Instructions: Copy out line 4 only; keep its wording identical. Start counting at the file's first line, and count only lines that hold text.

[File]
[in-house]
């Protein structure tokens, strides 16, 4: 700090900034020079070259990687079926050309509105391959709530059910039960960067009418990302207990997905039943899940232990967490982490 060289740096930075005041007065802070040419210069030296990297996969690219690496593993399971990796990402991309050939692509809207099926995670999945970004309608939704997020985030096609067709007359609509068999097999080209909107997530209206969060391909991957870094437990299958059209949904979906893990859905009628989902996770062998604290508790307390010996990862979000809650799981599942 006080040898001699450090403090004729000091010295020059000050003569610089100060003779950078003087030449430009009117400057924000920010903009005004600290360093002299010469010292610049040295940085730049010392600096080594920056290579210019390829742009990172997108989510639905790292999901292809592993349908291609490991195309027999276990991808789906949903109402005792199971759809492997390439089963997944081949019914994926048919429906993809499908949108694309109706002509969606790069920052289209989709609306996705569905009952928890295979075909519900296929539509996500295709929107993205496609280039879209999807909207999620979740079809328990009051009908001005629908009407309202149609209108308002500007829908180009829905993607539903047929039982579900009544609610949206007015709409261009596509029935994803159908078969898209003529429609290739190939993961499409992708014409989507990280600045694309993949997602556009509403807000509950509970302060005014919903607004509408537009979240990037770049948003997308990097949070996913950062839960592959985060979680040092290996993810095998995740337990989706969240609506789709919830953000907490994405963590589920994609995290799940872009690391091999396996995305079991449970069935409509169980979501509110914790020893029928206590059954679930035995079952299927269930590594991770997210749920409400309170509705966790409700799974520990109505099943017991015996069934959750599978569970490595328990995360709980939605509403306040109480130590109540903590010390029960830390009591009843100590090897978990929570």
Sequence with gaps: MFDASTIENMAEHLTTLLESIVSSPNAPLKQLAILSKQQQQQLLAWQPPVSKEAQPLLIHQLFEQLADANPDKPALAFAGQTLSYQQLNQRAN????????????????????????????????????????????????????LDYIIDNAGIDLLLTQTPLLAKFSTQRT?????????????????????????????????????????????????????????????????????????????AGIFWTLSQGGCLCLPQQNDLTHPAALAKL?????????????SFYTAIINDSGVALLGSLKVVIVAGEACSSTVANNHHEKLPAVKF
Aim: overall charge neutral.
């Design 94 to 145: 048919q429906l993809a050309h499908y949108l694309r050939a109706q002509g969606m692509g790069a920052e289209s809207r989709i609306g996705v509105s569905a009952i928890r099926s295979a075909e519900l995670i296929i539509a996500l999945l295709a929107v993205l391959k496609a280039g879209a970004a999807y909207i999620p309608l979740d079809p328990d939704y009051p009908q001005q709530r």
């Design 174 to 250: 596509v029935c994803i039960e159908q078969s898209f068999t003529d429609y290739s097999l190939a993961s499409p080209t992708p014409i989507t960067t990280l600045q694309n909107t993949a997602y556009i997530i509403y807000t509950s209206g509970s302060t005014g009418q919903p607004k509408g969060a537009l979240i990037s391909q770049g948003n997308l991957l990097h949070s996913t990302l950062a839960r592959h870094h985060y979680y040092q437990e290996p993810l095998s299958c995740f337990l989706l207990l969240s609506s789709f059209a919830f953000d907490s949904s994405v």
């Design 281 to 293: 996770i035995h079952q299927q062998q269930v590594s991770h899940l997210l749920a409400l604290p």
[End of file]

Aim: overall charge neutral.